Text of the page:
Economy

As Viagra Patent Expires, Chinese Company Creates New ED Generic

In Shenzhen
In Shenzhen
Luo Fengyao

BEIJING — After a development period of more than 10 years, and with final approval from the China Food and Drug Administration, Guangzhou Baiyunshan Pharmaceutical Co. has just launched a generic erectile dysfunction drug based on Viagra, to be sold at half the price.

At the press conference for the launch of "Jinge" (literally meaning "gold dagger"), Baiyunshan deputy director Wang Wenchu couldn't conceal his excitement when attractive young men and women appeared on the stage waving the pills at the audience. He had been waiting for this moment for 11 years.

The patent for Viagra, developed by the American company Pfizer, expired in China on May 12. Not only has it brought in over $10 billion globally for Pfizer over the past 11 years, it has also become the most iconic erectile dysfuntion drug in China.

With the country's repressive sex culture, it took a lot of effort for Viagra to gain entry to China a dozen years ago. In 1999, at Viagra's approval review meeting, numerous sexologists worried aloud that the drug would cause a rise in sexual assaults.

But doctors at Peking University found the drug effective in more than 80% of clinical trial cases and finally convinced people that it would not only promote harmonious marital relations but also bring social stability. Eventually, sale of the drug was approved in 2000.

But because of conservative attitudes, sales were slow to gain a foothold. "To promote the medicine and to help with Chinese men's health, we had to give weekly lectures for two consecutive years on television," recalls Dr. Guo Yinglu, who worked at the First People's Hospital of Peking University.

A widely cited anecdote is that Pfizer dispatched well-trained — and beautiful — women to approach potential clients in pharmacies. "I know you are normal, sir," they would say, before going on to promote the drug. The tactic not only worked well but gave confidence to shy Chinese men.

Acessible all over

But it wasn't until 2004, when China's State Food and Drug Administration allowed such drugs to be sold over the counter, that Viagra become a huge success in China. Bayer and Eli Lilly soon followed by respectively introducing Levitra and Cialis, two other drugs used to treat erectile dysfunction.

Chinese medical care services portal Menet says Viagra sales in China were around 890 million yuan ($145 million) in 2013 compared to 310 million ($50 million) for Cialis and 80 million ($13 million) for Levitra.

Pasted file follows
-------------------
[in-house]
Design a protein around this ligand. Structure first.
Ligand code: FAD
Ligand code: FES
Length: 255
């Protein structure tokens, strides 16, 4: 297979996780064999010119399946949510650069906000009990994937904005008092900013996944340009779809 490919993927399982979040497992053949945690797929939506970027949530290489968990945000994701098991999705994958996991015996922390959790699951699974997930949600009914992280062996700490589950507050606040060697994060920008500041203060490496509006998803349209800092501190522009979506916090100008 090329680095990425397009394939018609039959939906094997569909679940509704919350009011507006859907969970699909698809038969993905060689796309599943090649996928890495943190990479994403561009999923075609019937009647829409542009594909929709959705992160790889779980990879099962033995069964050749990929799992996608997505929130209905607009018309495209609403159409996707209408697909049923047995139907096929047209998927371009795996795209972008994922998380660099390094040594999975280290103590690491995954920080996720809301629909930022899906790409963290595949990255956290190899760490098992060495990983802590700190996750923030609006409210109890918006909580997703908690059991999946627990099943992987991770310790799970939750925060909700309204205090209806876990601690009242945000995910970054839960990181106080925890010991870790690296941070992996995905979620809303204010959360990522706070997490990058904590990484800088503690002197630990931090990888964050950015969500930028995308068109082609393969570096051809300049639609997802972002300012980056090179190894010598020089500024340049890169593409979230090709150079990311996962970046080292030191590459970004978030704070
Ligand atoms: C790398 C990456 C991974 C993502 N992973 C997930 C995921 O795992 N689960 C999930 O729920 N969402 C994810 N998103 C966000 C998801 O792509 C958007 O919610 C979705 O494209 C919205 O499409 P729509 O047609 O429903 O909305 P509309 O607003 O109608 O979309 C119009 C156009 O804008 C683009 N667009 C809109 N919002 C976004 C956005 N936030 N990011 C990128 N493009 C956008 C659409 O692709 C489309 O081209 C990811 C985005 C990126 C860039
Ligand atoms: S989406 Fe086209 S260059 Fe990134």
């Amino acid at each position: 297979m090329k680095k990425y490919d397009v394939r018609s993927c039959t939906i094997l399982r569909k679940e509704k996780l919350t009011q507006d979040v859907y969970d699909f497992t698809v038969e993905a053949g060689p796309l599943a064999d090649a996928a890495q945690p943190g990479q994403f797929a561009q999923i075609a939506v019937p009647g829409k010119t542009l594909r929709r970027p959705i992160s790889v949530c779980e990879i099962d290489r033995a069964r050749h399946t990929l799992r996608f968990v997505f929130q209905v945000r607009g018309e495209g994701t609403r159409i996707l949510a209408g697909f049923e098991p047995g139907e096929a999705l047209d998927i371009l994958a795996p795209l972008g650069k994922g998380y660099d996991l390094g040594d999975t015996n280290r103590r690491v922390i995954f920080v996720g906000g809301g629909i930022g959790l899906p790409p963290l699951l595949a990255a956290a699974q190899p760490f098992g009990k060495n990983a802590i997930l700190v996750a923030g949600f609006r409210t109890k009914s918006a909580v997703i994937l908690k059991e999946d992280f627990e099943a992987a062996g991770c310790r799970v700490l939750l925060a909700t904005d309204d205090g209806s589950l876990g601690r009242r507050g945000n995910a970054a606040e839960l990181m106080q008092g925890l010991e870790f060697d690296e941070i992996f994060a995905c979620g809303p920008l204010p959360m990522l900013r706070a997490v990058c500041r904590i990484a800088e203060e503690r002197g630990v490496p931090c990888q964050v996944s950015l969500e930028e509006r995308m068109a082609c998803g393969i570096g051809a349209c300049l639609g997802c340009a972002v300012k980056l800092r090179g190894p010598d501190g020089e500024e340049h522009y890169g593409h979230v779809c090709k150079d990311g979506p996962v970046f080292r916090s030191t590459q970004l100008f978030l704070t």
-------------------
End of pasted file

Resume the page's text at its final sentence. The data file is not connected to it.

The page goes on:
As the China Statistical Yearbook 2013 shows, China has 127 million men with erectile dysfunction, but only a tenth of these patients seek medical care for it. "It's a huge market with a tremendous potential," Zhang Buyong says. "With every 10% of patient growth, it will mean hundreds of million yuan of market growth."

Guangzhou Baiyunshan Pharmaceutical's research department is currently working on developing a series of over-40 drugs and health food products, all aimed at curing erectile dysfunction. Last month, the Chinese company introduced a herbal product marketed as "Tiema," or "Iron Horse," which is sold as a complementary health food. Insiders predict that the company, ranked 219th among China's top 500 enterprises, will launch several similar products in the near future to quickly seize a place in the market.

The company achieved an annual turnover of 54.5 billion ($8.9 billion) last year, which is estimated to grow to 65 billion ($10.6 billion) this year. By creating an erectile dysfunction product line, its ambition is to achieve a 100 billion yuan ($16.3 billion) turnover within the next three years. It has a strong network of hospitals and pharmacies as sales channels.

Among the company's advantages is the price of Jinge. As Wang Wenchu says, "our price for the same dose will be half of that of Viagra."

As many as 24 Chinese pharmaceutical manufacturers are applying to market generics of Viagra. Meanwhile, the patents of Levitra and Cialis will expire in 2018 and 2020, respectively. With a potential $100 billion market share, the three foreign pharmaceutical companies that have so far monopolized the market will have to gear up for a dogfight with Chinese companies.

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Geopolitics

Iran-Saudi Arabia Rivalry May Be Set To Ease, Or Get Much Worse

The Saudis may be awaiting the outcome of Iran's nuclear talks with the West, to see whether Tehran will moderate its regional policies, or lash out like never before.

Military parade in Tehran, Iran, on Oct. 3

-Analysis-

LONDON — The Iranian Foreign Ministry spokesman Saeed Khatibzadeh said earlier this month that Iranian and Saudi negotiators had so far had four rounds of "continuous" talks, though both sides had agreed to keep them private. The talks are to ease fraught relations between Iran's radical Shia regime and the Saudi kingdom, a key Western ally in the Middle East.